from The American Heritage® Dictionary of the English Language, 5th Edition.
- adjective Readily available in pharmacies; not requiring special preparation.
- adjective Recognized by a pharmacopoeia.
from The Century Dictionary.
- Of or pertaining to a shop or laboratory; used in a shop or laboratory. Especially
- Of an apothecary's shop: applied in pharmacy to preparations made according to recognized prescriptions; specifically, prescribed in the pharmacopœia.
- In botany, used in medicine or the arts.
- noun A drug or medicine sold in an apothecary's shop; specifically, a drug prepared according to the pharmacopœia.
from the GNU version of the Collaborative International Dictionary of English.
- adjective Obs. or R. Used in a shop, or belonging to it.
- adjective (Pharm.) Kept in stock by apothecaries; -- said of such drugs and medicines as may be obtained without special preparation or compounding; not
from Wiktionary, Creative Commons Attribution/Share-Alike License.
- adjective obsolete, rare Used in a
shop, or belonging to it.
- adjective obsolete Kept in stock by
apothecaries; said of such drugs and medicines as may be obtained without special preparation or compounding; not magistral.
from The American Heritage® Dictionary of the English Language, 4th Edition
from Wiktionary, Creative Commons Attribution/Share-Alike License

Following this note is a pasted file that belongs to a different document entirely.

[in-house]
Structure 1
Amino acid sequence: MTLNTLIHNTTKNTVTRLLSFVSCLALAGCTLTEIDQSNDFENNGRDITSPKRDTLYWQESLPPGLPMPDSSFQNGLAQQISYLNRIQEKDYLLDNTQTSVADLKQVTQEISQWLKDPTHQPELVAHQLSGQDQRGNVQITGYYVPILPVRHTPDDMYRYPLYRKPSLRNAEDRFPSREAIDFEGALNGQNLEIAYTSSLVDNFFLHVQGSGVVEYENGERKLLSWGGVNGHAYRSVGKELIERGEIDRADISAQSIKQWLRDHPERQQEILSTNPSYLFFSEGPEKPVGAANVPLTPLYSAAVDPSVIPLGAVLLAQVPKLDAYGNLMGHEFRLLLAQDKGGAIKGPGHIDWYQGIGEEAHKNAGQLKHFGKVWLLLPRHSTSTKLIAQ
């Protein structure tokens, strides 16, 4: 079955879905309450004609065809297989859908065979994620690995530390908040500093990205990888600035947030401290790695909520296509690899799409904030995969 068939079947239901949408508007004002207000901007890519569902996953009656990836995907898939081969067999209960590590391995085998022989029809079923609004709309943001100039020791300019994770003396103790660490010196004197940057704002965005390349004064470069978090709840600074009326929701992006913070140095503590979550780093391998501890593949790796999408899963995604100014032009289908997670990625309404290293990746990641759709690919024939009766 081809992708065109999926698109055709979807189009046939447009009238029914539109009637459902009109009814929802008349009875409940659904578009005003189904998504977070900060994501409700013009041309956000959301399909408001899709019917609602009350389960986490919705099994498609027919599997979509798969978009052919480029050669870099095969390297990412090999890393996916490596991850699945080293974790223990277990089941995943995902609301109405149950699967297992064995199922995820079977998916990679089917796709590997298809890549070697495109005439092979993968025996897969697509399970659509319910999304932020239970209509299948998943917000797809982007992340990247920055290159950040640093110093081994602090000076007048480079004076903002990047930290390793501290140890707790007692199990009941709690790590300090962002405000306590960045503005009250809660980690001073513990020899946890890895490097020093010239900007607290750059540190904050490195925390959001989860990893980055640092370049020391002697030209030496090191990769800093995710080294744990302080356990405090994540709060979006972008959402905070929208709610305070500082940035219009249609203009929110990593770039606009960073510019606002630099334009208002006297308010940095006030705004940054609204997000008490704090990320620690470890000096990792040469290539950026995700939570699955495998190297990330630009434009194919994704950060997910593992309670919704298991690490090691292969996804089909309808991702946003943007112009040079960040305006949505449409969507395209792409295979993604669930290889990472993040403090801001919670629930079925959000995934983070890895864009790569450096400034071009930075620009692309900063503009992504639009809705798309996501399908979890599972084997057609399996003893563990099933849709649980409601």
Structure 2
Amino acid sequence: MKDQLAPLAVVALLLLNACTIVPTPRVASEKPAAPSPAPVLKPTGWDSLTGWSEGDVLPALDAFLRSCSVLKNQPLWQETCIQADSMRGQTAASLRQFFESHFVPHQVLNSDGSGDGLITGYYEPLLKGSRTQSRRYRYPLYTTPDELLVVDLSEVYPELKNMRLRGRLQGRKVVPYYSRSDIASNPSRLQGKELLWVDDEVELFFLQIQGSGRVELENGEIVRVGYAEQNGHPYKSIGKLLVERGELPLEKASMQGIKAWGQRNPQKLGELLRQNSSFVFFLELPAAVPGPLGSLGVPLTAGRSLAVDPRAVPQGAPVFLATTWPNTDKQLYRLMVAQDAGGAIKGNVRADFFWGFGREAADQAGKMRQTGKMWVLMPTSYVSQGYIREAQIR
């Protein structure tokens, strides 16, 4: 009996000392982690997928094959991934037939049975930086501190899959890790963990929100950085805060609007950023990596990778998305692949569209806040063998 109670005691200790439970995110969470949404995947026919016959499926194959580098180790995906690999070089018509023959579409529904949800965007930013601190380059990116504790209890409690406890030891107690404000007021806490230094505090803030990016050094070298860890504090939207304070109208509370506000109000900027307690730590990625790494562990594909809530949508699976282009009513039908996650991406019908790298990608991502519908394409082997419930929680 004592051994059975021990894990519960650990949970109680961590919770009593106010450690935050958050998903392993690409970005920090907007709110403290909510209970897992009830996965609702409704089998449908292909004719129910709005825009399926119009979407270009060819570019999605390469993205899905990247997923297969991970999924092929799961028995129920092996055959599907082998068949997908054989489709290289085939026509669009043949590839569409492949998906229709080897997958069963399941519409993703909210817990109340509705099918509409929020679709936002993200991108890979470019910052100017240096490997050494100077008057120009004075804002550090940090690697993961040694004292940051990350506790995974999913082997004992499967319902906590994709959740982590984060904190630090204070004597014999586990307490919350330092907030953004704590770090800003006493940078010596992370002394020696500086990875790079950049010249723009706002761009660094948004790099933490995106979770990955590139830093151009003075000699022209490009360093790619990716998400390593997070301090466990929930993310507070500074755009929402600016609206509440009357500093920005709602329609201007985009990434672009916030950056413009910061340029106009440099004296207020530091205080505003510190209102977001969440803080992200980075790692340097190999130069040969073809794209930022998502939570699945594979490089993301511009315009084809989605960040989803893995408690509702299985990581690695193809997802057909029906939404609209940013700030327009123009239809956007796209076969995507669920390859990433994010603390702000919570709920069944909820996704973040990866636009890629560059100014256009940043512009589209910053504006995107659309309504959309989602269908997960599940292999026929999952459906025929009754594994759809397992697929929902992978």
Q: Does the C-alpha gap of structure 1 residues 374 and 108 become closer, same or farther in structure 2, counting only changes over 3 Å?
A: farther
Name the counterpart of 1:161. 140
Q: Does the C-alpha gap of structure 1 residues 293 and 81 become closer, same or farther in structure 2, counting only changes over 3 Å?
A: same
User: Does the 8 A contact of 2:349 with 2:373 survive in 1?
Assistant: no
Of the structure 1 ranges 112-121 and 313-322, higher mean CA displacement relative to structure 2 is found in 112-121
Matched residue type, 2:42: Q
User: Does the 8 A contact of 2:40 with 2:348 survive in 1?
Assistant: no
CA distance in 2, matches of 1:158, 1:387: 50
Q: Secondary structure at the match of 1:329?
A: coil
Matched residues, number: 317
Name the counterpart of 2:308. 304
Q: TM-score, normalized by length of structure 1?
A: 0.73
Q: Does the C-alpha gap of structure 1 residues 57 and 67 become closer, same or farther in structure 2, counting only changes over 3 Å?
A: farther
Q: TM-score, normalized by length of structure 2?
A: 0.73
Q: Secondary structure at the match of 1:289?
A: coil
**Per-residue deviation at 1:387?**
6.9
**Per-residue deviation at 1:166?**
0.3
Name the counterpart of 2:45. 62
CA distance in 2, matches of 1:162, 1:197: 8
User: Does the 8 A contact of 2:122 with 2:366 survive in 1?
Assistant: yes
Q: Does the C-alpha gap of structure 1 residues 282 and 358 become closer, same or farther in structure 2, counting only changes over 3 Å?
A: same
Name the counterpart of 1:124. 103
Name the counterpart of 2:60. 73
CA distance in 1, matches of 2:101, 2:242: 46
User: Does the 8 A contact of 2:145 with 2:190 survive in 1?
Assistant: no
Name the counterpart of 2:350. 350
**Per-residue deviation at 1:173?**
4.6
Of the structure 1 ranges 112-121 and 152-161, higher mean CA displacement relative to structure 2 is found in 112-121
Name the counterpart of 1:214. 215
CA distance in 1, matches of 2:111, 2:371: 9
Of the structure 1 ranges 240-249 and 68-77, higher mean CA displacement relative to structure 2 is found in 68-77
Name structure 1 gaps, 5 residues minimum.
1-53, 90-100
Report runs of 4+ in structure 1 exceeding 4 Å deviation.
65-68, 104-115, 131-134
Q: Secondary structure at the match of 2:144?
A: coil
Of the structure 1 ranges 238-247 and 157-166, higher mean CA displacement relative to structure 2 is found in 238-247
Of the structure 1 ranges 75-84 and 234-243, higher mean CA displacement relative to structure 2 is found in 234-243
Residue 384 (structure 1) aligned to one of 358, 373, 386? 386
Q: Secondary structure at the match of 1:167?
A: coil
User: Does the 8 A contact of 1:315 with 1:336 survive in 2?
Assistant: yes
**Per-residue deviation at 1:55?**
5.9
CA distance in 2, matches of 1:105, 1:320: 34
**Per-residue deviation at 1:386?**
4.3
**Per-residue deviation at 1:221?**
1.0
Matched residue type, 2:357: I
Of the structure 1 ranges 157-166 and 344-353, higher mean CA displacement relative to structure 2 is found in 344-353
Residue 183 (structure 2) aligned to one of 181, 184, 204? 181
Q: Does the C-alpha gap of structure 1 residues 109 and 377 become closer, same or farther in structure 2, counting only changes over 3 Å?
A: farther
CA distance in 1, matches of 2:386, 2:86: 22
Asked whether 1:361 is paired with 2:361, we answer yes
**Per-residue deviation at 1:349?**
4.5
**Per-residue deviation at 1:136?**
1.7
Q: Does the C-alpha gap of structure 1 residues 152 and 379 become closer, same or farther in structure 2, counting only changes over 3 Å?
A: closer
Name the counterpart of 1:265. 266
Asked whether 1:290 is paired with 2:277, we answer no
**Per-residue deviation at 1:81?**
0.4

An officinal tincture is made from the rhizome of Valerian with spirit of wine, of which from one to two teaspoonfuls may be given for a dose, with a little water.
The officinal part of the plant is the fruit, which consists of two united carpels, called a cremocarp.
Syrup of tar is an officinal medicine in the United States of America for chronic bronchitis, and winter cough.
An officinal tincture (_Tinctura anthemidis_) is made from the flowers of the true Chamomile (_Anthemis nobilis_) with rectified spirit of wine.
Across the Atlantic an officinal tincture is made from the Tomato for curative purposes by treating the apples, and the bruised fresh plant with alcohol, and letting this stand for eight days before it is filtered and strained.
 Our druggists supply an officinal tincture of Colchicum
Now we have for commercial and officinal purposes two varieties of the cultivated plant, the black Mustard (_Sinapis nigra_), and the white Mustard (_Brassica_, or _Sinapis alba_).
An officinal tincture is made from the plants collected in the spring, when two years old; also, in some villages the infusion is employed as a homely remedy to cure a cold, the herb being known as "Throttle Wort;" but this is not a safe thing to do, for medical experience shows that the watery infusion of
The dose of the authorised officinal juice is from one to two teaspoonfuls, and from five to twenty grains of the prepared extract.
These, not being officinal, fail to find a place on the shelves of the ordinary Pharmaceutical druggist.